The move in gold and silver markets following the Fed’s announcement wasn’t as dramatic as bulls had hoped for. The money metals probably won’t accelerate to the upside in a big way until something breaks the uptrend in the S&P 500 and drives more safe-haven demand.

In the near term, momentum could take the major U.S. equity averages back up to test their old record highs. Around there, the markets could see some major technical resistance.

Investors will have to ask themselves whether they want to buy stocks trading near all-time highs when the economy is headed for a slowdown by the Fed’s own admission and the earnings picture is deteriorating.

Yes, a dovish Fed is supportive of higher equity prices – all else being equal. But that doesn’t necessarily mean equities will be the best performing asset class going forward.

Bonds caught a bid this week as interest rates fell and the yield curve flattened. Rates on Treasuries going out 10 years are now all close to 2.5%. There appears to be little room left for bonds to rally from here -- unless the Fed starts cutting rates or investors are willing to accept lower yields on bonds than the short-term rate set by the Fed.

If the yield curve fully inverts and long-term paper yields less than short-term paper, that would represent an ominous sign for the economy. Historically, an inverted yield curve signals a coming recession.

On the other hand, commodity markets are coming back to life. Crude oil has been on fire of late, with West Texas Intermediate climbing above $60 per barrel this week as U.S. imports of Venezuelan oil shrank to zero for the first time in decades.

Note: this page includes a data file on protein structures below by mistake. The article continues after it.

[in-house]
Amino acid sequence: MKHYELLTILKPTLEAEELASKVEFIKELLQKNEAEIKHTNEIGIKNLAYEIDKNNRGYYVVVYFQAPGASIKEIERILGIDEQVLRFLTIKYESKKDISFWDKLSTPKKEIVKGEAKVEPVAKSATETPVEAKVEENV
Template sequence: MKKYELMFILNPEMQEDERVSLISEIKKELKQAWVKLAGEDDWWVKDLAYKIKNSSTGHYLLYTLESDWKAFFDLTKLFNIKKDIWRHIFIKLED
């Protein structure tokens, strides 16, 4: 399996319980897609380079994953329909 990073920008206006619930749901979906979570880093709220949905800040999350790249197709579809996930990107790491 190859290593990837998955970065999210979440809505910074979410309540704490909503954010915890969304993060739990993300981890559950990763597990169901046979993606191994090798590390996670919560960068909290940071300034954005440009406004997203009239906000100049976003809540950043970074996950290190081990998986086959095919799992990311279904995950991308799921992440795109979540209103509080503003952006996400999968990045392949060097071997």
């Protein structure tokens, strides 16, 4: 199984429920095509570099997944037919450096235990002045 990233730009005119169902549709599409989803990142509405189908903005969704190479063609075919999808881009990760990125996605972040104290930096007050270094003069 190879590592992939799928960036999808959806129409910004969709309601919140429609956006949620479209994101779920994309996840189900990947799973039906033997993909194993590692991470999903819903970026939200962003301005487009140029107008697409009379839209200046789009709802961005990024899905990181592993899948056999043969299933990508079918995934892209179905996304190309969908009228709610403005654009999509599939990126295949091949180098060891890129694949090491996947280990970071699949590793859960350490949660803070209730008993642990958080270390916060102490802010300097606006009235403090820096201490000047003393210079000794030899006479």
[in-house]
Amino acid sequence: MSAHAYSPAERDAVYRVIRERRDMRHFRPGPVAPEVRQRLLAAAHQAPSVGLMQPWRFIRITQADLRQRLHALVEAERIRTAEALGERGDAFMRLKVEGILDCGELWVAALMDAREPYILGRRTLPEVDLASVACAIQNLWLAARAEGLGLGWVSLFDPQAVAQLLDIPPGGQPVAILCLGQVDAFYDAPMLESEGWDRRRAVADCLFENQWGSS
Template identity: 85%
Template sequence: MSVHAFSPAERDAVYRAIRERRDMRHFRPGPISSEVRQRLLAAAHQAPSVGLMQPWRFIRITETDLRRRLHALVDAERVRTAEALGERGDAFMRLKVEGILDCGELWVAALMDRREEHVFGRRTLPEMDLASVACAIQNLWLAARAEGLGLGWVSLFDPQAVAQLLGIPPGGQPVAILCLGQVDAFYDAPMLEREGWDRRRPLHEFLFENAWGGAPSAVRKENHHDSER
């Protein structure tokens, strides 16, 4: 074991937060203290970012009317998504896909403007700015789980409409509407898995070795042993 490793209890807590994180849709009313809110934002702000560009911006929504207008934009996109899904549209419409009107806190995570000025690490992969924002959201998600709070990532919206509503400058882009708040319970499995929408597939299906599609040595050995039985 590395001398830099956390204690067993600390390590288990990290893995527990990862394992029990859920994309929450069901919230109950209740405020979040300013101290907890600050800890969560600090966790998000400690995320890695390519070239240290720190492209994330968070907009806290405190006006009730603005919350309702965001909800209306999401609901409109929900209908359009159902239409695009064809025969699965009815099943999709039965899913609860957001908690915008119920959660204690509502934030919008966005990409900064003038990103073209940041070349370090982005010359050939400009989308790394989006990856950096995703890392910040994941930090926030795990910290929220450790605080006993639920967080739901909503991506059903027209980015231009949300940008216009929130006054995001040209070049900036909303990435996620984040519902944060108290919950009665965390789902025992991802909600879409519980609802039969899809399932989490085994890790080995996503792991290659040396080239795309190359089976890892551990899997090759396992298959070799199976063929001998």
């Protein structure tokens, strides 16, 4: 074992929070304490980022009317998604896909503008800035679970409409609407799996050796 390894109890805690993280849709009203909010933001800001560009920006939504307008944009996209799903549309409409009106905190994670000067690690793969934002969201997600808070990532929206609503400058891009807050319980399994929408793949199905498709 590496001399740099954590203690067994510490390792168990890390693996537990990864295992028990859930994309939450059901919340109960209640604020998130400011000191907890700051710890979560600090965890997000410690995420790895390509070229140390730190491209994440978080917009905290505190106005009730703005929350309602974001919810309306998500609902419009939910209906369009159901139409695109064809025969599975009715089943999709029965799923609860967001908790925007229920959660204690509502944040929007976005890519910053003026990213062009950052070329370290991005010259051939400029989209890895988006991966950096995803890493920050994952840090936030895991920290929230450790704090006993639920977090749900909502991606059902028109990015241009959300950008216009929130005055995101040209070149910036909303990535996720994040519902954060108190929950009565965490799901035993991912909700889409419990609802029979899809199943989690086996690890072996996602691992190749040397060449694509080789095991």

The plunge in oil prices in the fourth quarter of 2018 had contributed to disinflationary pressures. The Fed, in turn, lowered its inflation outlook. Central bankers now expect the inflation rate to trend slightly below their arbitrary 2% target over the next year. But if inflation pressures rise unexpectedly later this year, the Fed will be handcuffed by its own pronouncement to markets that it’s done raising rates.

While some investors are concerned about the risks of a slowing economy, virtually nobody on Wall Street is paying attention to the potential inflation threat. As a consequence, inflationary assets including energy stocks, mining stocks, and precious metals remain the most heavily discounted assets in an investment universe where good values, or even decent values, are hard to come by.

For the first time in years, U.S. monetary policy is now conducive to higher precious metals prices. The Fed isn’t the only factor that drives these markets, of course. But over time, being on the right side of the Fed usually leads to profitable outcomes.

Well now, without further delay, let’s get right to this week’s exclusive interview.

Mike Gleason: It is my privilege now to welcome back David Smith, Senior Analyst at The Morgan Report and regular contributor to David, it's been too long. How are you my friend?

David Smith: It's been a while and I'm happy to be back, Mike.